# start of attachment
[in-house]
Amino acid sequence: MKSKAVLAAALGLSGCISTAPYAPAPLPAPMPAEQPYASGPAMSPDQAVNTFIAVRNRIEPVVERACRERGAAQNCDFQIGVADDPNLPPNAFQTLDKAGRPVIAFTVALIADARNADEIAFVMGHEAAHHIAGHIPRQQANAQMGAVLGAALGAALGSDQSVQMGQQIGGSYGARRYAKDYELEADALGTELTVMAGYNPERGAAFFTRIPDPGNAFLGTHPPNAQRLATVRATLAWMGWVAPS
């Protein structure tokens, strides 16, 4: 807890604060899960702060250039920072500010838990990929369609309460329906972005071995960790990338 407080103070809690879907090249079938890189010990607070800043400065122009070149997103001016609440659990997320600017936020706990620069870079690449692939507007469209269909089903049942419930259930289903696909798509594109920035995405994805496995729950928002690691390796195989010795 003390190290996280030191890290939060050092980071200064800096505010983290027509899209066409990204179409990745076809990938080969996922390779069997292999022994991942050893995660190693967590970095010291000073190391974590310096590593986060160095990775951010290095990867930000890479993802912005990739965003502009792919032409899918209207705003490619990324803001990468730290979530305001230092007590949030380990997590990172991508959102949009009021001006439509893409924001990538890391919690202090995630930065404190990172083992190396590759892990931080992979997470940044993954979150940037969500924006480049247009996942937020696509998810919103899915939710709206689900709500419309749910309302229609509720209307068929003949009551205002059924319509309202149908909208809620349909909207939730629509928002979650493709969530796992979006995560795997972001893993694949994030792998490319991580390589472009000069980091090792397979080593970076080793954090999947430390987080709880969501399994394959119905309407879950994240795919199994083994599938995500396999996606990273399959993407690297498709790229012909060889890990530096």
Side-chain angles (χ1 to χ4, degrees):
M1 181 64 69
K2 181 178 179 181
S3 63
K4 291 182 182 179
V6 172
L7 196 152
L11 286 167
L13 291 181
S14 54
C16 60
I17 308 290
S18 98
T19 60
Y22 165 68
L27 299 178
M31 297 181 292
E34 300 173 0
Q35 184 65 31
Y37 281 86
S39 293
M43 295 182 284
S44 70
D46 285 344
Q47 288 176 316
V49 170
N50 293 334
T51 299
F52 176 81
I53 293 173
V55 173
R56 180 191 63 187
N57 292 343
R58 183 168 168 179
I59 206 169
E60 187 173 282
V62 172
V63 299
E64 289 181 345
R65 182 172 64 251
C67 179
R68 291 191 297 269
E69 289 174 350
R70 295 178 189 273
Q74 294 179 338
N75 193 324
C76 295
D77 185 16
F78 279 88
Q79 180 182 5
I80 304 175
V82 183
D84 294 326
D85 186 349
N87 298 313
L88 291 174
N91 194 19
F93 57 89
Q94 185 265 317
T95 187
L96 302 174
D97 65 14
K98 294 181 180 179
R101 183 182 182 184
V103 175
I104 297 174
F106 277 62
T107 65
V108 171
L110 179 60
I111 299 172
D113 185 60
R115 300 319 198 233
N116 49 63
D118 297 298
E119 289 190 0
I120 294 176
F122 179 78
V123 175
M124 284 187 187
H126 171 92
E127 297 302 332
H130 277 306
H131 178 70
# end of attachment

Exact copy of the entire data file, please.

[in-house]
Amino acid sequence: MKSKAVLAAALGLSGCISTAPYAPAPLPAPMPAEQPYASGPAMSPDQAVNTFIAVRNRIEPVVERACRERGAAQNCDFQIGVADDPNLPPNAFQTLDKAGRPVIAFTVALIADARNADEIAFVMGHEAAHHIAGHIPRQQANAQMGAVLGAALGAALGSDQSVQMGQQIGGSYGARRYAKDYELEADALGTELTVMAGYNPERGAAFFTRIPDPGNAFLGTHPPNAQRLATVRATLAWMGWVAPS
């Protein structure tokens, strides 16, 4: 807890604060899960702060250039920072500010838990990929369609309460329906972005071995960790990338 407080103070809690879907090249079938890189010990607070800043400065122009070149997103001016609440659990997320600017936020706990620069870079690449692939507007469209269909089903049942419930259930289903696909798509594109920035995405994805496995729950928002690691390796195989010795 003390190290996280030191890290939060050092980071200064800096505010983290027509899209066409990204179409990745076809990938080969996922390779069997292999022994991942050893995660190693967590970095010291000073190391974590310096590593986060160095990775951010290095990867930000890479993802912005990739965003502009792919032409899918209207705003490619990324803001990468730290979530305001230092007590949030380990997590990172991508959102949009009021001006439509893409924001990538890391919690202090995630930065404190990172083992190396590759892990931080992979997470940044993954979150940037969500924006480049247009996942937020696509998810919103899915939710709206689900709500419309749910309302229609509720209307068929003949009551205002059924319509309202149908909208809620349909909207939730629509928002979650493709969530796992979006995560795997972001893993694949994030792998490319991580390589472009000069980091090792397979080593970076080793954090999947430390987080709880969501399994394959119905309407879950994240795919199994083994599938995500396999996606990273399959993407690297498709790229012909060889890990530096």
Side-chain angles (χ1 to χ4, degrees):
M1 181 64 69
K2 181 178 179 181
S3 63
K4 291 182 182 179
V6 172
L7 196 152
L11 286 167
L13 291 181
S14 54
C16 60
I17 308 290
S18 98
T19 60
Y22 165 68
L27 299 178
M31 297 181 292
E34 300 173 0
Q35 184 65 31
Y37 281 86
S39 293
M43 295 182 284
S44 70
D46 285 344
Q47 288 176 316
V49 170
N50 293 334
T51 299
F52 176 81
I53 293 173
V55 173
R56 180 191 63 187
N57 292 343
R58 183 168 168 179
I59 206 169
E60 187 173 282
V62 172
V63 299
E64 289 181 345
R65 182 172 64 251
C67 179
R68 291 191 297 269
E69 289 174 350
R70 295 178 189 273
Q74 294 179 338
N75 193 324
C76 295
D77 185 16
F78 279 88
Q79 180 182 5
I80 304 175
V82 183
D84 294 326
D85 186 349
N87 298 313
L88 291 174
N91 194 19
F93 57 89
Q94 185 265 317
T95 187
L96 302 174
D97 65 14
K98 294 181 180 179
R101 183 182 182 184
V103 175
I104 297 174
F106 277 62
T107 65
V108 171
L110 179 60
I111 299 172
D113 185 60
R115 300 319 198 233
N116 49 63
D118 297 298
E119 289 190 0
I120 294 176
F122 179 78
V123 175
M124 284 187 187
H126 171 92
E127 297 302 332
H130 277 306
H131 178 70